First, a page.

Aside from that high asking price, the Vita Slim is a great handheld especially worth a look at if you're already a PS4 gamer.
Slimmer and lighter
Comfortable to hold
Extra long battery
1GB of internal memory
LCD not OLED
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Update: We're long way from the 2012 release of the original PS Vita console, which was Sony's successor to the highly popular PSP (PlayStation Portable) handheld.
Last year was full of bad news for the ageing handheld console, with Sony gearing up to remove PS Vita titles from their monthly lineup of free PS Plus games, while production of the PS Vita console is shutting up shop for good this year.
You can still nab a console here and there – just check out our page for the best PS Vita deals – while the past few years has spawned some incredible portable titles, as seen in our list of the 8 best PS Vita games.
For what made the revised PS Vita Slim model so special – what worked against it – read on for our 2014 review below...
Sony is making a bold play with the PS Vita Slim. The dedicated handheld market is one that's vanishing, yet Sony is willing to bet its latest portable on it. And with a £180 RRP (around US$290, AU$330), the PS Vita Slim is asking for more faith (and money) than its rivals.
But if you're out for a solid handheld and have the cash to splash, the good news is that you'll be getting a superb handheld console.
Thinner, lighter, but just as powerful as the 2012 PS Vita, the PS Vita Slim does a lot right.
Sony has made some subtle changes, both internally and externally, but they're mostly welcome improvements. The design tweaks make for a more portable, comfortable system, although it does come at the expense of the OLED screen which has now been replaced with an LCD.
PS Vita Slim release date
The PS Vita Slim is coming to the UK on February 7, and the US on May 6 (2014).
But while the PS Vita Slim arrived in Japan with an array of vibrant colour options, Brits will only be getting their hands on the black, Wi-Fi-only model for the time being.
PS Vita Slim design
On the face, the differences in the PS Vita Slim are subtle. Put it next to the Vita original however, and you'll begin to appreciate the changes that Sony has made.
The console is around 20% slimmer (about 3mm) than the original, bringing it down to 15mm. It's also 42g lighter, which is the most immediately noticeable thing when you pick the Vita Slim up.
Those might not sound like dramatic changes but they'll be pleasing for hands familiar with the original model, which was a tad on the bulky side.
One of the most significant changes with the Slim is the screen. While Sony is keeping the display at 5 inches with the same 960 x 544 resolution, it's switching the OLED panel for an LCD - a sacrifice it had to make for that slimmer body.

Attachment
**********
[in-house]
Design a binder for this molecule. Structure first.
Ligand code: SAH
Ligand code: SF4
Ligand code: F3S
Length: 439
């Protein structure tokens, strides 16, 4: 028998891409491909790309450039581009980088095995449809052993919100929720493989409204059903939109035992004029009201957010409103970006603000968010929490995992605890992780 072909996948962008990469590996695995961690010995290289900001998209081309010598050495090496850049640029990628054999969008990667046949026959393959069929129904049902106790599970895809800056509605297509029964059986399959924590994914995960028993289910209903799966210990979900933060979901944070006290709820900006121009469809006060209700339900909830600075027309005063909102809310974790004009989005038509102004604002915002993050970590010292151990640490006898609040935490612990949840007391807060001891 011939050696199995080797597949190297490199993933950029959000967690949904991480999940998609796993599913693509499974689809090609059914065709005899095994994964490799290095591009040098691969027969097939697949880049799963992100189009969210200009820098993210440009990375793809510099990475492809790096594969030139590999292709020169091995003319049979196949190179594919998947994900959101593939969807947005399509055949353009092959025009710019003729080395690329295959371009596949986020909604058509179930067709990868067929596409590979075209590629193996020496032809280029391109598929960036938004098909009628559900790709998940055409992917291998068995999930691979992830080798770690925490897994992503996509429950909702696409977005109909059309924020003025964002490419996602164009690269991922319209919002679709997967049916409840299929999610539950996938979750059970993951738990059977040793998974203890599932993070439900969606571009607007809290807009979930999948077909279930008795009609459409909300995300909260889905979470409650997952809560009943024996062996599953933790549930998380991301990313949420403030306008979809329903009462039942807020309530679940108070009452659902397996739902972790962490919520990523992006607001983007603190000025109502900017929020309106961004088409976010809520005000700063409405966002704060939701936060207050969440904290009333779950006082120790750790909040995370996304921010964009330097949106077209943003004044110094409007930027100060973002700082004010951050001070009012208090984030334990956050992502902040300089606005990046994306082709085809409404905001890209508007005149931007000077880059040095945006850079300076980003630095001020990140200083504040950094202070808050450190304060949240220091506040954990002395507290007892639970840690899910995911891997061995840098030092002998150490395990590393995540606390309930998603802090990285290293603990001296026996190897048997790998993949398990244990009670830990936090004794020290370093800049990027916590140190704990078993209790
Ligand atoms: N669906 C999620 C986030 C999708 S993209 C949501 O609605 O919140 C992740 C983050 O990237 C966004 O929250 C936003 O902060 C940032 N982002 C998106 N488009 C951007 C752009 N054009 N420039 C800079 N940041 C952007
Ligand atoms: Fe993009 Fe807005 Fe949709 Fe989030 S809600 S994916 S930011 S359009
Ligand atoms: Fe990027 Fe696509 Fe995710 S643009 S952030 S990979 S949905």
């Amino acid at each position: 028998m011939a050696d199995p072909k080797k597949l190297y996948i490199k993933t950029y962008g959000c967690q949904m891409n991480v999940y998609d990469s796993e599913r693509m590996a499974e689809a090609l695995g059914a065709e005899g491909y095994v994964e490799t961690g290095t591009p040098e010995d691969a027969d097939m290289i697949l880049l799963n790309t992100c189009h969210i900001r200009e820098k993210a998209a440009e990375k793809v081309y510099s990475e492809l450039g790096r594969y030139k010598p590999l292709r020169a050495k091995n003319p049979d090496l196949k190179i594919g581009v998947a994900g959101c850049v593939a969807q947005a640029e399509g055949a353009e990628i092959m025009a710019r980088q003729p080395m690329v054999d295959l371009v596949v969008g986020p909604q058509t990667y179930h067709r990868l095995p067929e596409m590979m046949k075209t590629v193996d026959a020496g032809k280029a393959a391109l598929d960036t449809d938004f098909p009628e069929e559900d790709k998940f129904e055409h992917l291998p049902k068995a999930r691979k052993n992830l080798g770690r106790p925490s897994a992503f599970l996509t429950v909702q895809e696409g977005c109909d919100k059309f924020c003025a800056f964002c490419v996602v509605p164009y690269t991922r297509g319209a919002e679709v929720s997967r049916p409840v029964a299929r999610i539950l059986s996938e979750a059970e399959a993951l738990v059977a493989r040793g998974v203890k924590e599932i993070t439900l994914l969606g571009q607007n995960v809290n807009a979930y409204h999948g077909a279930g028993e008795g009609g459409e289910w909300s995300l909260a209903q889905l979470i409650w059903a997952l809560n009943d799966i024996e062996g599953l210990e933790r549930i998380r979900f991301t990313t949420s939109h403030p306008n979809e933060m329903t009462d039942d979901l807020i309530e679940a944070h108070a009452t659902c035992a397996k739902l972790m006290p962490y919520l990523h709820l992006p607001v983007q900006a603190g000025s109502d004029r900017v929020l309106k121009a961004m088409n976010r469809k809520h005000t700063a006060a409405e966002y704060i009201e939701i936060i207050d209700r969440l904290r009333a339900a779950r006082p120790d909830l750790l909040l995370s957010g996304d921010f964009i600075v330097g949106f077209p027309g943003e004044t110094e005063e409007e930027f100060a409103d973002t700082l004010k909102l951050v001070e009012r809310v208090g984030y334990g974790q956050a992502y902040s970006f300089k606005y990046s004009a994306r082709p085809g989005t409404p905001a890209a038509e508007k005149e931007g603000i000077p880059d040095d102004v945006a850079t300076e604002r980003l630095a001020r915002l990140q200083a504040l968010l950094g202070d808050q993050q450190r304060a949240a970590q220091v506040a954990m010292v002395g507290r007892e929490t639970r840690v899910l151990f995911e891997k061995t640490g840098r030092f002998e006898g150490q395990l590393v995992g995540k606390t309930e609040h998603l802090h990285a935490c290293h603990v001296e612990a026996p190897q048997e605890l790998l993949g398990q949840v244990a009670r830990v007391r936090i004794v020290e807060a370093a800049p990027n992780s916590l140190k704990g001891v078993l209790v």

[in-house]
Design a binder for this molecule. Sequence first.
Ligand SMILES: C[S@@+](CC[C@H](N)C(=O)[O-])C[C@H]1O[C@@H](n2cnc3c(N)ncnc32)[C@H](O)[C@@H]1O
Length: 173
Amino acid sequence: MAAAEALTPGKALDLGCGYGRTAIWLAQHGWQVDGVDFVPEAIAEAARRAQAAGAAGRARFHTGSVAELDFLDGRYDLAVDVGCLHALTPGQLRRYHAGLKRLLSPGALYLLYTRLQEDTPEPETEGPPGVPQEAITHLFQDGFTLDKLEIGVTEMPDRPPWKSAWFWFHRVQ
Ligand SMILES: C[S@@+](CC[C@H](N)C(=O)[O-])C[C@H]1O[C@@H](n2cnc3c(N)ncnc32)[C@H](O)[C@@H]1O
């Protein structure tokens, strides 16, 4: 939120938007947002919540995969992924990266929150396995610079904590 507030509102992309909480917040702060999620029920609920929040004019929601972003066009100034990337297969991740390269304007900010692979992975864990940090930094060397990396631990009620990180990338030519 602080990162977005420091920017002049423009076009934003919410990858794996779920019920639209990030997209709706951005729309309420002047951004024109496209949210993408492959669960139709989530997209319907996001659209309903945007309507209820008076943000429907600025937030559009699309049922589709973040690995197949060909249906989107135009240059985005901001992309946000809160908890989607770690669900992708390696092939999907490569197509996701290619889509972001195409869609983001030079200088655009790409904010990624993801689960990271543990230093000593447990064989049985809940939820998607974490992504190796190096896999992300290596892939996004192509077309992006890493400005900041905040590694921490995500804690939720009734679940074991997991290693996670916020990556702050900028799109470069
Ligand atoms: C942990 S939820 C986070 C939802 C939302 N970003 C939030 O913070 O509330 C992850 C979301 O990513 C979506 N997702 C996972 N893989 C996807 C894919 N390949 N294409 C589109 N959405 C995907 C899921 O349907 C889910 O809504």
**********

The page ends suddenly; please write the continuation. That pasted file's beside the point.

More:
That sounds like bad news but with the pixel density sticking at 220ppi, the difference isn't as drastic as you might expect. The picture is still sharp and it's certainly not something that will bother anyone picking this up as their first Vita handheld.
However, for those of you with the current Vita, the colours on the Slim's display are noticeably less vibrant, while viewing angles are reduced as a result of the step-down.
Put the two side by side and I did notice that the colours looked a little more washed out on the Slim compared to the highly-vivid tones on the Vita original.
The screen also now has a seam around it, which breaks the consistency of the original's design. On the plus side, the LCD means a longer battery and a cheaper price than the launch price of the Vita original.
On the top of the Vita Slim, Sony has moved the game slot to the centre and put in two LEDs - one for power, one for Bluetooth - on the left.
Flip the Slim on its head and you'll also notice that the charging port has also been changed. Sony has switched the charger port for a micro USB port, which should be only good news. If you have an Android phone then the chances are that you own a Vita Slim charger already. The headphone socket and memory card slot also sit on the underside.
In fact, the only thing completely missing from the Vita in its second iteration is that slightly-mysterious accessory port which sat on the top. As Sony never actually released anything for this, it clearly decided that it made more sense to cut it completely. All these things considered, the Vita Slim definitely has a tidier look to it.
As for the controls, very little has changed here. The analogue sticks sit in the same place and at the same size, while the D-pad and shoulder buttons are also identical. Sony has, however, made the Home, Start and Select buttons round and much easier to press on the Slim.
The back touch panel is also still present, although it's a tad smaller than the previous time we saw it given the overall size reductions of the handheld.
But despite its slimmer form, you still won't be able to slip the Vita into your pocket easily as you would some of its rivals (iPhone, 3DS), so you'll likely want to invest in a carry case of some sort.
Not only for that, but because the Vita has a nasty habit of picking up scratches and fingerprints. Don't say we didn't warn you - buy protection on day one.
Hugh Langley is the ex-News Editor of TechRadar. He had written for many magazines and websites including Business Insider, The Telegraph, IGN, Gizmodo, Entrepreneur Magazine, WIRED (UK), TrustedReviews, Business Insider Australia, Business Insider India, Business Insider Singapore, Wareable, The Ambient and more.
Hugh is now a correspondent at Business Insider covering Google and Alphabet, and has the unfortunate distinction of accidentally linking the TechRadar homepage to a rival publication.